Guided Drawing – What it is and How it Works

I’ve been wanting to run a Guided Drawing workshop for some time now, but the restrictions of the pandemic and the new ways of interacting have meant a rather long delay. As I write this, I’m aware of wanting to connect and speak personally to whoever is reading this. A longing to share thoughts and feelings…

Guided Drawing is a bilateral drawing method, i.e. using both hands simultaneously in rhythmic movements to make marks on paper, using chalks, paint, crayon and pastels. It is a sensorimotor art therapy, developed from the findings of a woman called Marie Hippius in the 1930’s. Hippius formed an understanding of the effects emotions were having on individuals handwriting. She called Guided Drawing, ‘meditation in motion’.

Guided Drawing is a body focused form of art therapy, by which I mean, the emphasis is on internal orientation, such as tension in the shoulders or butterflies in the stomach. This is very much a process bias form of art therapy, the focus is on how it feels. Once we feel these movements, we can begin to be aware of their sensory resonance in the body. As this happens affect arises and we can respond emotionally.

The drawing process mirrors the tension and collapse in the muscles and viscera, as well as the powerful emotions associated with our limbic heritage. Guided Drawing does not ask for a story however, but rather assists in reducing stress and regulating the nervous system.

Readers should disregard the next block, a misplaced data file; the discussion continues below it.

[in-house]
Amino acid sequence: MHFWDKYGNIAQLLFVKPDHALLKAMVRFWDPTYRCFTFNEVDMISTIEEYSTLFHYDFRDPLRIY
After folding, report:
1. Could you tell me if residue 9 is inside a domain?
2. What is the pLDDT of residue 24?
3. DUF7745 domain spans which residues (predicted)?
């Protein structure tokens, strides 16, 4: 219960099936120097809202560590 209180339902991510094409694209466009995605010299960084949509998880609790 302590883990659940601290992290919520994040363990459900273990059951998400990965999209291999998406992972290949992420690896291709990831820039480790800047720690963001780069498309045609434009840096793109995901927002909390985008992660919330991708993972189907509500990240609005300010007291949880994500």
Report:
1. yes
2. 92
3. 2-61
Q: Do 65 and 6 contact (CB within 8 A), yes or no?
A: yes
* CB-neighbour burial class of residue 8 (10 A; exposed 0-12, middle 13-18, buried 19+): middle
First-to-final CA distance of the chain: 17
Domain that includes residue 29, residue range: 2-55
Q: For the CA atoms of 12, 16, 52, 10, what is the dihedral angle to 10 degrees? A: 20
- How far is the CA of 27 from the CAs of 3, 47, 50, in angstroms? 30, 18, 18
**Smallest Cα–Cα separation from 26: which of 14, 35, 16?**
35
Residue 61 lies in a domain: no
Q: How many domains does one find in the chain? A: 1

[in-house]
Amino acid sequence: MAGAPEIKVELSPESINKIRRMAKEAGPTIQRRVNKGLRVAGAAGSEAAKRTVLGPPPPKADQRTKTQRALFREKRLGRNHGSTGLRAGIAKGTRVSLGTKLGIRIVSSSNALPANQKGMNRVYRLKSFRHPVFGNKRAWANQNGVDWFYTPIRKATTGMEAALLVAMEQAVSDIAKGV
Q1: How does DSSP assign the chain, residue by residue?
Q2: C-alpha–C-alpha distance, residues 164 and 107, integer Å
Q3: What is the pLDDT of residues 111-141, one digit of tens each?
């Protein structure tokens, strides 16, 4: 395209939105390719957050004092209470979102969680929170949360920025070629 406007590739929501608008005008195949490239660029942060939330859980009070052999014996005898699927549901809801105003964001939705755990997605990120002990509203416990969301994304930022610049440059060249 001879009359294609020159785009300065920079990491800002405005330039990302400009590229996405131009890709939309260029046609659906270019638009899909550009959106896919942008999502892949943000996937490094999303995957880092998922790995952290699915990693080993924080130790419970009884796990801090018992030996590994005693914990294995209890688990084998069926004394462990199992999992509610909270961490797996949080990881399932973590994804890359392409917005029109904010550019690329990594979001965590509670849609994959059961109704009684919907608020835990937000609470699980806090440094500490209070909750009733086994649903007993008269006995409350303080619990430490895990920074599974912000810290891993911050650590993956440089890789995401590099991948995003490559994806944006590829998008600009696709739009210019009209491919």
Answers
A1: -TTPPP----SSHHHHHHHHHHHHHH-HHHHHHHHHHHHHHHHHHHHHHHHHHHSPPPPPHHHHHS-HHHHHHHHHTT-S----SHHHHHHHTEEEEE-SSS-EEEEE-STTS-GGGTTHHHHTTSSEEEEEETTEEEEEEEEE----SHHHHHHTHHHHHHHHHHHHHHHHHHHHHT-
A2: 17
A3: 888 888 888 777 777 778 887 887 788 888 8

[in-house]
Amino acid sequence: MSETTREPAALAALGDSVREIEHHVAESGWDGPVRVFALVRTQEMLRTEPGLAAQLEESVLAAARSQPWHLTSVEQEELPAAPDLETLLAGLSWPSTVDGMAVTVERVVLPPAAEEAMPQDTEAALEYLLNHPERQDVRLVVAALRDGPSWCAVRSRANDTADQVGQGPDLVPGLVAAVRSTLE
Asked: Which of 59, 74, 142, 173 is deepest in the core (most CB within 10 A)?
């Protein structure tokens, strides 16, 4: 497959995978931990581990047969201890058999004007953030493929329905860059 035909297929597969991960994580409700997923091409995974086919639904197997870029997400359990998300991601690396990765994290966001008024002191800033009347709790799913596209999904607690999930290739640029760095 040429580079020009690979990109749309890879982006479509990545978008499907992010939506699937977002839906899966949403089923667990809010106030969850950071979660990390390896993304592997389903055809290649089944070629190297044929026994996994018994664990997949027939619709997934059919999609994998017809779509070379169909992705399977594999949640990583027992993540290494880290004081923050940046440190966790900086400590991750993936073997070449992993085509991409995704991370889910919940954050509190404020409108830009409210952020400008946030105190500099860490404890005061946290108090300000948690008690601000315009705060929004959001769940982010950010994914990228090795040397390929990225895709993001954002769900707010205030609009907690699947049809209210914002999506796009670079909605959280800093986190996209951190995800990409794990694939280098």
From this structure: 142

I am really excited to be hosting four Guided Drawing workshops in June and July, please see the flyer below for details and I look forward to welcoming you. I’ve also added a short film to show Guided Drawing in action.

Taking A Line For A Walk

This is a challenging time.  I certainly haven’t experienced anything like it.  I’m imagining that for most, being housebound and maintaining social isolation are boundaries never before experienced.  And how much more challenging it is to learn to cope with new experiences and life changes, whilst also feeling anxious or witnessing those around us as such.

I wanted to write a post that could offer some support in managing anxiety.  As an art therapist, I’ve both experienced and witnessed, the power creativity has in being able to calm the nervous system.  A combination of simple breath exercises and art making, can help bring a person into a more present and calm state of mind.  It’s a simple way of soothing the nervous system.  

I’ve written some simple steps to follow.  Have a read through and if you think this is something for you, give it a go.  You can let me know how you get on and if you would like to send me a picture of your work, I will try to find a way of presenting a collective, online gallery. 

1. Clear a space for yourself somewhere in your home. Somewhere where you can sit comfortably and use a pen and paper.  If you can, clear away any clutter. Think of making a mini environment for yourself that is both pleasant and tranquil to be in.